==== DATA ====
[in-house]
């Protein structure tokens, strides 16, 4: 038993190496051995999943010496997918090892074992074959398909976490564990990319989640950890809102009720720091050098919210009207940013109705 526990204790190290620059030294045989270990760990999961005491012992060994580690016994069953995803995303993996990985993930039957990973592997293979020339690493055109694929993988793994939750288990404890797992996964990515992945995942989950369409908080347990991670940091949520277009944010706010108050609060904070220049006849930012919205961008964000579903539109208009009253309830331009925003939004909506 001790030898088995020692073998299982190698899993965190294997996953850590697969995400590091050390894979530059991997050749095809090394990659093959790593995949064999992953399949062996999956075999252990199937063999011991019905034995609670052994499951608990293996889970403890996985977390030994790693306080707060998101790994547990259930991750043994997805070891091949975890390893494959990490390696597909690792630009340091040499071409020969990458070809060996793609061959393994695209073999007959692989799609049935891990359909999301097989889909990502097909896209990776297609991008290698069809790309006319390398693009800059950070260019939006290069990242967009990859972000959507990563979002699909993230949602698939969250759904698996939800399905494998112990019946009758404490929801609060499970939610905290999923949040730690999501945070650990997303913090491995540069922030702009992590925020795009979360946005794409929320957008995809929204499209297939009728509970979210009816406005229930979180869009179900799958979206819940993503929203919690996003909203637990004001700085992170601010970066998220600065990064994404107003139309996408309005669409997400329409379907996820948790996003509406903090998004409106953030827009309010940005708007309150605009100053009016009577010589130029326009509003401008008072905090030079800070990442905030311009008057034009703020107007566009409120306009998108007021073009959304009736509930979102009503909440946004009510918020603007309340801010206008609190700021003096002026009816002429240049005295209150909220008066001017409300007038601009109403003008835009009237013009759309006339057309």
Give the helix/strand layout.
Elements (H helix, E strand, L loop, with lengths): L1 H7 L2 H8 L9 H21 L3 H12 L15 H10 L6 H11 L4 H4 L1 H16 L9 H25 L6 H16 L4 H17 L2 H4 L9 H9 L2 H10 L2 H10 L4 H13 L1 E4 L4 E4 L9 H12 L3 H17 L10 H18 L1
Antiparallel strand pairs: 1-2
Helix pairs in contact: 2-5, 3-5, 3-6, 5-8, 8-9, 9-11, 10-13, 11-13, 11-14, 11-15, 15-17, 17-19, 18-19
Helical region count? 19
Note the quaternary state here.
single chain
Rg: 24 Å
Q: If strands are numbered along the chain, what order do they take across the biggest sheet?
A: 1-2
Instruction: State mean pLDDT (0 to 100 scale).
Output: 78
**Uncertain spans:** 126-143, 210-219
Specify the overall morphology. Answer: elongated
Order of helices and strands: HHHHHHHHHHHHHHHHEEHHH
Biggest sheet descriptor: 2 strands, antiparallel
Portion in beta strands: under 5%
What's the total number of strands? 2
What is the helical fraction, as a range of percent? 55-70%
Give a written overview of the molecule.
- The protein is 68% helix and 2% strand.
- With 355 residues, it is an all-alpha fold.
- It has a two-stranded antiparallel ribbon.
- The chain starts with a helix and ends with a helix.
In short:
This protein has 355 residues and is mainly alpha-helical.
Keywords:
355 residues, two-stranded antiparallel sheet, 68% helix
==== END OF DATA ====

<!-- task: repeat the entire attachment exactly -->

[in-house]
């Protein structure tokens, strides 16, 4: 038993190496051995999943010496997918090892074992074959398909976490564990990319989640950890809102009720720091050098919210009207940013109705 526990204790190290620059030294045989270990760990999961005491012992060994580690016994069953995803995303993996990985993930039957990973592997293979020339690493055109694929993988793994939750288990404890797992996964990515992945995942989950369409908080347990991670940091949520277009944010706010108050609060904070220049006849930012919205961008964000579903539109208009009253309830331009925003939004909506 001790030898088995020692073998299982190698899993965190294997996953850590697969995400590091050390894979530059991997050749095809090394990659093959790593995949064999992953399949062996999956075999252990199937063999011991019905034995609670052994499951608990293996889970403890996985977390030994790693306080707060998101790994547990259930991750043994997805070891091949975890390893494959990490390696597909690792630009340091040499071409020969990458070809060996793609061959393994695209073999007959692989799609049935891990359909999301097989889909990502097909896209990776297609991008290698069809790309006319390398693009800059950070260019939006290069990242967009990859972000959507990563979002699909993230949602698939969250759904698996939800399905494998112990019946009758404490929801609060499970939610905290999923949040730690999501945070650990997303913090491995540069922030702009992590925020795009979360946005794409929320957008995809929204499209297939009728509970979210009816406005229930979180869009179900799958979206819940993503929203919690996003909203637990004001700085992170601010970066998220600065990064994404107003139309996408309005669409997400329409379907996820948790996003509406903090998004409106953030827009309010940005708007309150605009100053009016009577010589130029326009509003401008008072905090030079800070990442905030311009008057034009703020107007566009409120306009998108007021073009959304009736509930979102009503909440946004009510918020603007309340801010206008609190700021003096002026009816002429240049005295209150909220008066001017409300007038601009109403003008835009009237013009759309006339057309």
Give the helix/strand layout.
Elements (H helix, E strand, L loop, with lengths): L1 H7 L2 H8 L9 H21 L3 H12 L15 H10 L6 H11 L4 H4 L1 H16 L9 H25 L6 H16 L4 H17 L2 H4 L9 H9 L2 H10 L2 H10 L4 H13 L1 E4 L4 E4 L9 H12 L3 H17 L10 H18 L1
Antiparallel strand pairs: 1-2
Helix pairs in contact: 2-5, 3-5, 3-6, 5-8, 8-9, 9-11, 10-13, 11-13, 11-14, 11-15, 15-17, 17-19, 18-19
Helical region count? 19
Note the quaternary state here.
single chain
Rg: 24 Å
Q: If strands are numbered along the chain, what order do they take across the biggest sheet?
A: 1-2
Instruction: State mean pLDDT (0 to 100 scale).
Output: 78
**Uncertain spans:** 126-143, 210-219
Specify the overall morphology. Answer: elongated
Order of helices and strands: HHHHHHHHHHHHHHHHEEHHH
Biggest sheet descriptor: 2 strands, antiparallel
Portion in beta strands: under 5%
What's the total number of strands? 2
What is the helical fraction, as a range of percent? 55-70%
Give a written overview of the molecule.
- The protein is 68% helix and 2% strand.
- With 355 residues, it is an all-alpha fold.
- It has a two-stranded antiparallel ribbon.
- The chain starts with a helix and ends with a helix.
In short:
This protein has 355 residues and is mainly alpha-helical.
Keywords:
355 residues, two-stranded antiparallel sheet, 68% helix